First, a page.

The Yoke of Meekness


-We really want to get the revelation on this verse. Matthew 11:28 really is the clearest teaching on how to have a vibrant spirit, a happy heart. Jesus says, “Come to Me” (Mt. 11:28). He says, “I’m the source of the instruction, but I’m also the power source. Come to Me. Connect with Me and I’ll teach you about meekness; and I’ll empower you to walk it out.” It’s the all-important, “Come to Me.” He uses that invitation several times through the Gospels.

He says, “Come to Me, all that labor and are heavy laden” (Mt. 11:28, paraphrased). And of course it’s the whole human race. To be heavily laden means you have a heavy spirit. You’re weighed down in your emotions. You’re weighed down with things. He says, “I will give you rest” (v. 28b, NKJV). Now rest is a term that involves many things. He’s talking about our emotions. He’s talking about giving us the power of a vibrant spirit, a free spirit. He’s talking about a joyous, happy spirit. And He said, “Now I will tell you how to enter into rest. I’ll tell you how to get free from the heavy spirit.” And there are many different expressions of a heavy spirit. We all know them. I mean, we’ve all experienced a heavy spirit many times throughout our life.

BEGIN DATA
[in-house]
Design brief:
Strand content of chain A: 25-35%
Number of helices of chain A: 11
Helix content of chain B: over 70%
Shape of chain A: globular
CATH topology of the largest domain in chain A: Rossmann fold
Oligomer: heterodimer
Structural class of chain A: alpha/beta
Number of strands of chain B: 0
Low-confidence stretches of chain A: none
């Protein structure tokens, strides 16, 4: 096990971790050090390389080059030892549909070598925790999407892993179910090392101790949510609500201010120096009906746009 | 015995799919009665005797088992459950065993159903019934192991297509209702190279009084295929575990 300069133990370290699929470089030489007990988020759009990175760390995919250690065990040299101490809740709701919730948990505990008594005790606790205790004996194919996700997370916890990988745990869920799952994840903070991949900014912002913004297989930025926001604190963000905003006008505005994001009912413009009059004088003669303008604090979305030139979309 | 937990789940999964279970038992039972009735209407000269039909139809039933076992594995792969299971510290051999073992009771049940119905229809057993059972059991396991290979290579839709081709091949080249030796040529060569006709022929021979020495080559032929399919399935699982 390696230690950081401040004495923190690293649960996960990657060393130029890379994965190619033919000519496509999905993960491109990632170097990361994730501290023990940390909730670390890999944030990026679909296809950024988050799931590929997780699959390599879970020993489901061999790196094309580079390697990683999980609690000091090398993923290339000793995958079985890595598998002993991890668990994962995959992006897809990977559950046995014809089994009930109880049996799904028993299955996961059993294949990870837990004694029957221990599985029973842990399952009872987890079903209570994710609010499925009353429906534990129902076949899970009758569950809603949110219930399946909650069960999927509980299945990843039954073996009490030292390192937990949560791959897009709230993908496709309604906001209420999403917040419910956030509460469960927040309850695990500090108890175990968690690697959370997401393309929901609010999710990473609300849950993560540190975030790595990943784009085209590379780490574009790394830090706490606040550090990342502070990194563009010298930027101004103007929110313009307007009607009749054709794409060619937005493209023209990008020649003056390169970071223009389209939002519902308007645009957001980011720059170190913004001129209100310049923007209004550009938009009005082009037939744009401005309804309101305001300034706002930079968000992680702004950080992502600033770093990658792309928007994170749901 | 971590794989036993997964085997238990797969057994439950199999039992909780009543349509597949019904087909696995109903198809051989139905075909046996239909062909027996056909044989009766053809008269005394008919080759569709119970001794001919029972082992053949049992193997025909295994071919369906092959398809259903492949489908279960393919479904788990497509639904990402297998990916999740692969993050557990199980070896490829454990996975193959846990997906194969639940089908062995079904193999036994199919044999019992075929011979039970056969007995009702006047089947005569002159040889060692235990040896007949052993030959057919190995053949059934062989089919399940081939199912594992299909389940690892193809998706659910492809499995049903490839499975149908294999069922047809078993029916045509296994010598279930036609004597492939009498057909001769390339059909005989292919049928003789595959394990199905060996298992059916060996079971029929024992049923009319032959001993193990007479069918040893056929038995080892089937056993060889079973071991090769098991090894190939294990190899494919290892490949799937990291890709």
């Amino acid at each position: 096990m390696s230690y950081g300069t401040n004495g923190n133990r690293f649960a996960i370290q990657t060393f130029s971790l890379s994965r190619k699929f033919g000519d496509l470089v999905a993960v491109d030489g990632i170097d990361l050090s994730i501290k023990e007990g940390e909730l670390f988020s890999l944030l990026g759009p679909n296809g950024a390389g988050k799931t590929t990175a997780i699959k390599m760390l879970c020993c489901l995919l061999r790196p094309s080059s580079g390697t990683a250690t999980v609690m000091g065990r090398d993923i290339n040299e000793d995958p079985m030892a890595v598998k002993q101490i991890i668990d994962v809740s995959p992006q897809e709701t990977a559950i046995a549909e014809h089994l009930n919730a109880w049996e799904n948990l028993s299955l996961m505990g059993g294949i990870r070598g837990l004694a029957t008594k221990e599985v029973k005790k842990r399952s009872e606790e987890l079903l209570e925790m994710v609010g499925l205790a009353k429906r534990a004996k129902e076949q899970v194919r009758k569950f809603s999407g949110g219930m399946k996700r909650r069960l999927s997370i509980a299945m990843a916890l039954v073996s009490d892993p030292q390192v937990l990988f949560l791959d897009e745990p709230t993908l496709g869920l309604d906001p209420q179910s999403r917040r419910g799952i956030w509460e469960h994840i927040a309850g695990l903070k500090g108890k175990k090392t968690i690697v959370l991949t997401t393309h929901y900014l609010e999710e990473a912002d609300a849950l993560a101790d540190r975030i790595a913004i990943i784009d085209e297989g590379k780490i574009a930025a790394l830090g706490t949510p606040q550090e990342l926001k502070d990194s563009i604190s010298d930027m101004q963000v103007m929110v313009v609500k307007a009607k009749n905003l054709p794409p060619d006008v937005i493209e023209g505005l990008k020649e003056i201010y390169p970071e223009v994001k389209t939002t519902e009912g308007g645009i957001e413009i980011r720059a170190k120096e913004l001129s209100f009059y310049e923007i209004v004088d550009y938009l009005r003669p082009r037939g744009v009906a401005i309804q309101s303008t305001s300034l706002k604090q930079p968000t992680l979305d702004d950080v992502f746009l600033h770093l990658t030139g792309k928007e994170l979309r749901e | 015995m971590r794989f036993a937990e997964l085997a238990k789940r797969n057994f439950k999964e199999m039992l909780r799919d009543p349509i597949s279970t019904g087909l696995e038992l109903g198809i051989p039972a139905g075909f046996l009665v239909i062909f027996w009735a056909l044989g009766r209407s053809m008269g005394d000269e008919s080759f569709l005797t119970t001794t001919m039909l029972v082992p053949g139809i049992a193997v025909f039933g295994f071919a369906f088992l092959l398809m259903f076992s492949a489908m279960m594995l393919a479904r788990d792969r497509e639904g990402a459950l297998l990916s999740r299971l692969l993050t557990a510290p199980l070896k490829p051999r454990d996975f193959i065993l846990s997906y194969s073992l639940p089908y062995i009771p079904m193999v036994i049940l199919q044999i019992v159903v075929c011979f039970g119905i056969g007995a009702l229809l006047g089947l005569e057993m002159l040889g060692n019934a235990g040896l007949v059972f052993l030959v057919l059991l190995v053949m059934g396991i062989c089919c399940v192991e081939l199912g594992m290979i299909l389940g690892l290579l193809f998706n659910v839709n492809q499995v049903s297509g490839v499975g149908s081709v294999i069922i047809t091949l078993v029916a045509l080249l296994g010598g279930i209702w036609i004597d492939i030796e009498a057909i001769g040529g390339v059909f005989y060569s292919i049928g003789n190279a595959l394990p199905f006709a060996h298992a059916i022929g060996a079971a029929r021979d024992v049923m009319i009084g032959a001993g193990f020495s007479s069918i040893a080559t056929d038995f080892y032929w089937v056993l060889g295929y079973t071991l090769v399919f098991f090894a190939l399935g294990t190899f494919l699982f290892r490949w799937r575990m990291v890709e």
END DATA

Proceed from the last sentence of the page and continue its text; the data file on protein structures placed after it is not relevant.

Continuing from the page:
But Jesus says in verse 29, “Here’s the way to freedom. You have to take My yoke. You have to yoke yourself to Me. And you have to learn from Me because I’m gentle and lowly in heart” (Mt. 11:29, paraphrased). “Lowly in heart” is translated in other Bible translations as humble or meek. It’s lowly of heart. And He says, “If you do this, you will find rest for your souls” (ibid). He repeats the promise that you’ll enter into rest. You’ll have a vibrant spirit. The spirit of heaviness will lift off of you over time.